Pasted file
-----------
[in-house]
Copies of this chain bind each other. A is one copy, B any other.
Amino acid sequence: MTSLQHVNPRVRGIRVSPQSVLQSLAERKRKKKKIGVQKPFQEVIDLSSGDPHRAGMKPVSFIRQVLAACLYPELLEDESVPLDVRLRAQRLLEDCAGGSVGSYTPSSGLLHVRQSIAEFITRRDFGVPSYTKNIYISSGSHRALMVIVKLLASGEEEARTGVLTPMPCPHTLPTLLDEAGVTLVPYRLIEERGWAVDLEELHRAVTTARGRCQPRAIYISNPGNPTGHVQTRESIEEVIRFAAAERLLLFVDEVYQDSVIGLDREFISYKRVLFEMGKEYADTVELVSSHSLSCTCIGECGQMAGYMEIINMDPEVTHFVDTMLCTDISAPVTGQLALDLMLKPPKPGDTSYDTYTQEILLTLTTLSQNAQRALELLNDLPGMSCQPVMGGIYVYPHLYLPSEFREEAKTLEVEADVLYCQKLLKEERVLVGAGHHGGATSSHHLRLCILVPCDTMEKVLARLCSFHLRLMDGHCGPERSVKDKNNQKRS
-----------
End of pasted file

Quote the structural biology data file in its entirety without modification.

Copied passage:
[in-house]
Copies of this chain bind each other. A is one copy, B any other.
Amino acid sequence: MTSLQHVNPRVRGIRVSPQSVLQSLAERKRKKKKIGVQKPFQEVIDLSSGDPHRAGMKPVSFIRQVLAACLYPELLEDESVPLDVRLRAQRLLEDCAGGSVGSYTPSSGLLHVRQSIAEFITRRDFGVPSYTKNIYISSGSHRALMVIVKLLASGEEEARTGVLTPMPCPHTLPTLLDEAGVTLVPYRLIEERGWAVDLEELHRAVTTARGRCQPRAIYISNPGNPTGHVQTRESIEEVIRFAAAERLLLFVDEVYQDSVIGLDREFISYKRVLFEMGKEYADTVELVSSHSLSCTCIGECGQMAGYMEIINMDPEVTHFVDTMLCTDISAPVTGQLALDLMLKPPKPGDTSYDTYTQEILLTLTTLSQNAQRALELLNDLPGMSCQPVMGGIYVYPHLYLPSEFREEAKTLEVEADVLYCQKLLKEERVLVGAGHHGGATSSHHLRLCILVPCDTMEKVLARLCSFHLRLMDGHCGPERSVKDKNNQKRS